As a general rule, an indictment which tracks the statutory language provides sufficient notice. Daniels v. State, 754 S.W.2d 214, 218 (Tex.Cr.App. 1988). However, there are two exceptions to this general rule. First, where an indictment contains a necessary allegation of an act by the defendant which comprises more than one statutorily defined means of its performance, but the indictment fails to specify which of the statutory definitions of the act is relied upon, the indictment fails to provide the constitutionally required notice. Gibbons v. State, 652 S.W.2d 413 (Tex.Cr.App. 1993). This exception is not at issue in the present case, because the statute in question contains only one manners or means of commission.
The second exception is if the statutory language is not completely descriptive, merely tracking the language of the statute is insufficient to provide the constitutionally required notice to the defendant. Haecker v. State, 571 S.W.2d 920, 921-22 (Tex.Cr.App. 1978); and, Conklin v. State, 144 Tex.Crim. 343, 162 S.W.2d 973 (1942). But in the instant case the statutorily language is sufficiently descriptive to provide the requisite notice.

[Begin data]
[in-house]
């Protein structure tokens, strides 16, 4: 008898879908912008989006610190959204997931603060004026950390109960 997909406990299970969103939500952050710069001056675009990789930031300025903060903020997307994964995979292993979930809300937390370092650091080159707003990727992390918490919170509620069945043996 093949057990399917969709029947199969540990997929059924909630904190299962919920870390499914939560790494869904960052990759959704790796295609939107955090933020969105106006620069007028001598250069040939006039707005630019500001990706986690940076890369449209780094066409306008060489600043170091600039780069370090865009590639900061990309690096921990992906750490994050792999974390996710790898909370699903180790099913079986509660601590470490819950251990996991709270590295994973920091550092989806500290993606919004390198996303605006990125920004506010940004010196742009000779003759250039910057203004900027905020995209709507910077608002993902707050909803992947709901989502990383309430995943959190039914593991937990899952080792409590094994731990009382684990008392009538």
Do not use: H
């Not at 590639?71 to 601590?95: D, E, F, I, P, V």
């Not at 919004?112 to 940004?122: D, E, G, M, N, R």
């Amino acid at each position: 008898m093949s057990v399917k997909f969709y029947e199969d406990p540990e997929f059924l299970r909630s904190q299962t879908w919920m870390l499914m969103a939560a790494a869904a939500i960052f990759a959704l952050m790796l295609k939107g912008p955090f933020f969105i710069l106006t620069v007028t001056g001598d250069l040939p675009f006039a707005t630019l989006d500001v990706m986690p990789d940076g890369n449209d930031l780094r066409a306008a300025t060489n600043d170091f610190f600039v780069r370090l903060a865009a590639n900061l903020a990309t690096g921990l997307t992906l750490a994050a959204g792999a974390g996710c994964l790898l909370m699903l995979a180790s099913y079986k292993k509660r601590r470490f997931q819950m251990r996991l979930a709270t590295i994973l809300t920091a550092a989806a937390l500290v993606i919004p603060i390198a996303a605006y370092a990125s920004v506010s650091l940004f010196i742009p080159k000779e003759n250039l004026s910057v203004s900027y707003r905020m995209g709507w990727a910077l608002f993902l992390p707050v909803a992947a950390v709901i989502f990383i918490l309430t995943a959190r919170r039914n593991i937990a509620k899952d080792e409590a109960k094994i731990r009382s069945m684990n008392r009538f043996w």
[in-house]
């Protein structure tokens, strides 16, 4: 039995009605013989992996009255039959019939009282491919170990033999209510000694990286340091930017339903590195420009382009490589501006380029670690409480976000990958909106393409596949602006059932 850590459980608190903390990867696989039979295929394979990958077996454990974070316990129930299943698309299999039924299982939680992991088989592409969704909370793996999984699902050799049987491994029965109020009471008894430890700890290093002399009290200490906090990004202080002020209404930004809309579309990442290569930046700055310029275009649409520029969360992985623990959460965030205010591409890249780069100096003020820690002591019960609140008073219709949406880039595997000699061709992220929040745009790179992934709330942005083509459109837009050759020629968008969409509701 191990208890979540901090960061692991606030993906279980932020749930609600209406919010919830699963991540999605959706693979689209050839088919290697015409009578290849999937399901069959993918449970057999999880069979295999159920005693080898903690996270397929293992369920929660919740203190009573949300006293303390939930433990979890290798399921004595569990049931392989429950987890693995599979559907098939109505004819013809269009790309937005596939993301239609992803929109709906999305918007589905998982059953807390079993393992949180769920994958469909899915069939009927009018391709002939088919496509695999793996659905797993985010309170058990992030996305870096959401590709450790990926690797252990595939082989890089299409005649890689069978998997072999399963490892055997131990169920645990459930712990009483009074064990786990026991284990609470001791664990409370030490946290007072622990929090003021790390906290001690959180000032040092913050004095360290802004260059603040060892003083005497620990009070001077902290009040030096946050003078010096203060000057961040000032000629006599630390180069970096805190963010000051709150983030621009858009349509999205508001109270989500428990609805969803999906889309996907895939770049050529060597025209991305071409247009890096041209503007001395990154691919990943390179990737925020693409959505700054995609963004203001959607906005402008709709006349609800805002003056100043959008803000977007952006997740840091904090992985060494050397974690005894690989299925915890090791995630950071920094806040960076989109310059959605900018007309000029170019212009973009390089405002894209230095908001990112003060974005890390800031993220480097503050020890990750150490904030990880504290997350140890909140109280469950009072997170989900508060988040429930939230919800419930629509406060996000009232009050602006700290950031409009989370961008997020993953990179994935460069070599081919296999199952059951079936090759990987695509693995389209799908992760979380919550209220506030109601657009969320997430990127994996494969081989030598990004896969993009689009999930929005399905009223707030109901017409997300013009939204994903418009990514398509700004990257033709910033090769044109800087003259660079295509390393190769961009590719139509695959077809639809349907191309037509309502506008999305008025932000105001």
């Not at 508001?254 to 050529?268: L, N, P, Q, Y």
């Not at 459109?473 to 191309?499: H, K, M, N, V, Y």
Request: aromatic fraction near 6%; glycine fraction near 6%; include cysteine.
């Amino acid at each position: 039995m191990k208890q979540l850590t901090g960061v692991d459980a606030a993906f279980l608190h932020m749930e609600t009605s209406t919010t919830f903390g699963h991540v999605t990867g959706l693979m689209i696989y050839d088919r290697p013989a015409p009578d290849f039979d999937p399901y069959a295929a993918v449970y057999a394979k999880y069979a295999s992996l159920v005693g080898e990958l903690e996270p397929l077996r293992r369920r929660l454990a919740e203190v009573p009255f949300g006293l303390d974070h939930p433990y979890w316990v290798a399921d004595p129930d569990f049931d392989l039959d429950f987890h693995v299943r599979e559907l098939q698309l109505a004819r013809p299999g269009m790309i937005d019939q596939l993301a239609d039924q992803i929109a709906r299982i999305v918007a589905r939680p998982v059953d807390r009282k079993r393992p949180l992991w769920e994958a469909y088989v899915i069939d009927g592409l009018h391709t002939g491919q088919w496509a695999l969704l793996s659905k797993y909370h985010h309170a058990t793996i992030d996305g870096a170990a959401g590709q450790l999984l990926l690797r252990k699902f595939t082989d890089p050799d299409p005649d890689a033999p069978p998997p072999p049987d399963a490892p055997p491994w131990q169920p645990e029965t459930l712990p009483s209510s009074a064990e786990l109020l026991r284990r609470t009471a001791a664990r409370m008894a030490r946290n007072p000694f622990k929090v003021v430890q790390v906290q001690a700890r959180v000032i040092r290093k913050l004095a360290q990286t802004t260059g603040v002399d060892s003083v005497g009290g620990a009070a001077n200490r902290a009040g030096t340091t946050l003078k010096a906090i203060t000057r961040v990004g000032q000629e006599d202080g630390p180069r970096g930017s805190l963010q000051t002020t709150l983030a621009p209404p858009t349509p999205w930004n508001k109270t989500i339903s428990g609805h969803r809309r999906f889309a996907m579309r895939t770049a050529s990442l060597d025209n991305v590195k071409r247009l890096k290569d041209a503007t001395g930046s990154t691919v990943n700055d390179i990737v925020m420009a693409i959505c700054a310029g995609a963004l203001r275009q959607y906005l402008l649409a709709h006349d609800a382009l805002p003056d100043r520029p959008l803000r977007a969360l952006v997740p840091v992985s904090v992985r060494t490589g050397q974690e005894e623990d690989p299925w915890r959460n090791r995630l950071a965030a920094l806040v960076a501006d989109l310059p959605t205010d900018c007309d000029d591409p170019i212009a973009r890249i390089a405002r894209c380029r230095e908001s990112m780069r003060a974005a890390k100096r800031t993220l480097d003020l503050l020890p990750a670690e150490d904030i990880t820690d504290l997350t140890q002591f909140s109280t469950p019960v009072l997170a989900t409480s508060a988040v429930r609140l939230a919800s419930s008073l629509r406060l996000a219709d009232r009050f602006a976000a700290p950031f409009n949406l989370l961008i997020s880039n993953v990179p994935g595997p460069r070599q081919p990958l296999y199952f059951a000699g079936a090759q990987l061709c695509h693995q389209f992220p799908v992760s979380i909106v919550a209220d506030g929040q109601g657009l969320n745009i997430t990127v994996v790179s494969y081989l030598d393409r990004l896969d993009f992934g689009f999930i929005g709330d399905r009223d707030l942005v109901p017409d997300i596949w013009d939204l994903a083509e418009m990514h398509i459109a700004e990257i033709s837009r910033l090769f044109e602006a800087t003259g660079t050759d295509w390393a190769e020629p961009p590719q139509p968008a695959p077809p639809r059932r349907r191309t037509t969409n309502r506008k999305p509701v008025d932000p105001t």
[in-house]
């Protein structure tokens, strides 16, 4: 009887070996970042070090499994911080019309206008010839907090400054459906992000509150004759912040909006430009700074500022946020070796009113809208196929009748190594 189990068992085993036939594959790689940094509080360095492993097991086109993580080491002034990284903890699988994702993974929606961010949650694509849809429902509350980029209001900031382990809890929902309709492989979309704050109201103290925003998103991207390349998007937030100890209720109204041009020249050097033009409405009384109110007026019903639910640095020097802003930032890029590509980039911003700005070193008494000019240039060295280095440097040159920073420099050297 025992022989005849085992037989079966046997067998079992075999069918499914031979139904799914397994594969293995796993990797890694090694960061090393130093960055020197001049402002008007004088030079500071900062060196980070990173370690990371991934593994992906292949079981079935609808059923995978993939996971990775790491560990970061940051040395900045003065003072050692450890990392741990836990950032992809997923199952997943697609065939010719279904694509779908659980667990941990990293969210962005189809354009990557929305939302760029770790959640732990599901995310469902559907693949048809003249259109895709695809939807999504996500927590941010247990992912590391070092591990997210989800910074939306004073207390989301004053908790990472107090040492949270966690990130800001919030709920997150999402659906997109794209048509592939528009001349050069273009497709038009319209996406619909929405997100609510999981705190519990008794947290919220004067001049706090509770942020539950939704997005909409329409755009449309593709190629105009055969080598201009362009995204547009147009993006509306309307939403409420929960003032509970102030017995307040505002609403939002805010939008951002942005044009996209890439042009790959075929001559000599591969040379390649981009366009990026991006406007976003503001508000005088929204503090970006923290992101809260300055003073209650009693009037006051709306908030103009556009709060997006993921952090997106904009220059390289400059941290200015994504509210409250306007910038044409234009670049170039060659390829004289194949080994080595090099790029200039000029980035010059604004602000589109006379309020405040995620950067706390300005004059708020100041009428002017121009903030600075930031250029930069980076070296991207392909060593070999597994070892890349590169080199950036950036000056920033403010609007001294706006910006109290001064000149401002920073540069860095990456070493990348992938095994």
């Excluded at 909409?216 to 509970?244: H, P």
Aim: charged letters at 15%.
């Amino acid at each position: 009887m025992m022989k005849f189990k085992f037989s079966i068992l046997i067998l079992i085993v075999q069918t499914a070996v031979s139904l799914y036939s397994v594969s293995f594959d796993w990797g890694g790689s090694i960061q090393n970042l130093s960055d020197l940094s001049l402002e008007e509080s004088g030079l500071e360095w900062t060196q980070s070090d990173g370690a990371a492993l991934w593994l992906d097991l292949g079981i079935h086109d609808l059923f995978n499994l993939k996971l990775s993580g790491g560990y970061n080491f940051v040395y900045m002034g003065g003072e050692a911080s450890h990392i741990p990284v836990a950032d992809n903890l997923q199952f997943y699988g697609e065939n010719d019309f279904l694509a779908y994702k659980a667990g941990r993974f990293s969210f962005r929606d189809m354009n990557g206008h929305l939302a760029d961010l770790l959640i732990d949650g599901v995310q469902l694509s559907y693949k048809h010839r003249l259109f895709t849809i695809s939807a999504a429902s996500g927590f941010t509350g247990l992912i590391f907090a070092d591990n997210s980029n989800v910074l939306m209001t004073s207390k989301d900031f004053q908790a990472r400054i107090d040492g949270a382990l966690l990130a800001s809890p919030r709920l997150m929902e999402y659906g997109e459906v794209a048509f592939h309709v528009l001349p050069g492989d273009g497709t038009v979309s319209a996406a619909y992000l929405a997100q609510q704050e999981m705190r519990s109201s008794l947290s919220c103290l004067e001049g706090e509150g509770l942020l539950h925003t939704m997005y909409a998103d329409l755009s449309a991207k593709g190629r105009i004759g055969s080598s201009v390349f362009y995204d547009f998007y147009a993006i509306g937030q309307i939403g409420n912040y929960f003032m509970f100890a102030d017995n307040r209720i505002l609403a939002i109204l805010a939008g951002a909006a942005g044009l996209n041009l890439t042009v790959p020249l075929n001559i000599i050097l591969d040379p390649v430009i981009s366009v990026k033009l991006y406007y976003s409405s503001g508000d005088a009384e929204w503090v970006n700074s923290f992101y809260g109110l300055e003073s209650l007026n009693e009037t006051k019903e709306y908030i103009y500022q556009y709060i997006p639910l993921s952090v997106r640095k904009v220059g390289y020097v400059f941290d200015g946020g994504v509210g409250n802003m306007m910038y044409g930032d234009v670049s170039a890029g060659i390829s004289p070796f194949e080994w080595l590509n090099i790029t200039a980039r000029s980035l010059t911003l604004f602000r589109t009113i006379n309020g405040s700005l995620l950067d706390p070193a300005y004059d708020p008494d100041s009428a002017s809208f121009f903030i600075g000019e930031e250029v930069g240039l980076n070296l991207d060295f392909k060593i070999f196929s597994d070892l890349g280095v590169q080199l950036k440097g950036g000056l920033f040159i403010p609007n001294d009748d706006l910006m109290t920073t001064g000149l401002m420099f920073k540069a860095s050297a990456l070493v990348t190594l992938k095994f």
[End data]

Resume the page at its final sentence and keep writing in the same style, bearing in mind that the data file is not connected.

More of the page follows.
However, I cannot join the majority opinion because I do not believe the conversation described in footnote 1 a., ante at ___; slip op. pg. 9, is an illegal solicitation sufficient to constitute the offense of barratry.
Therefore, I join only the judgment of the Court.
(Delivered: April 15, 1998)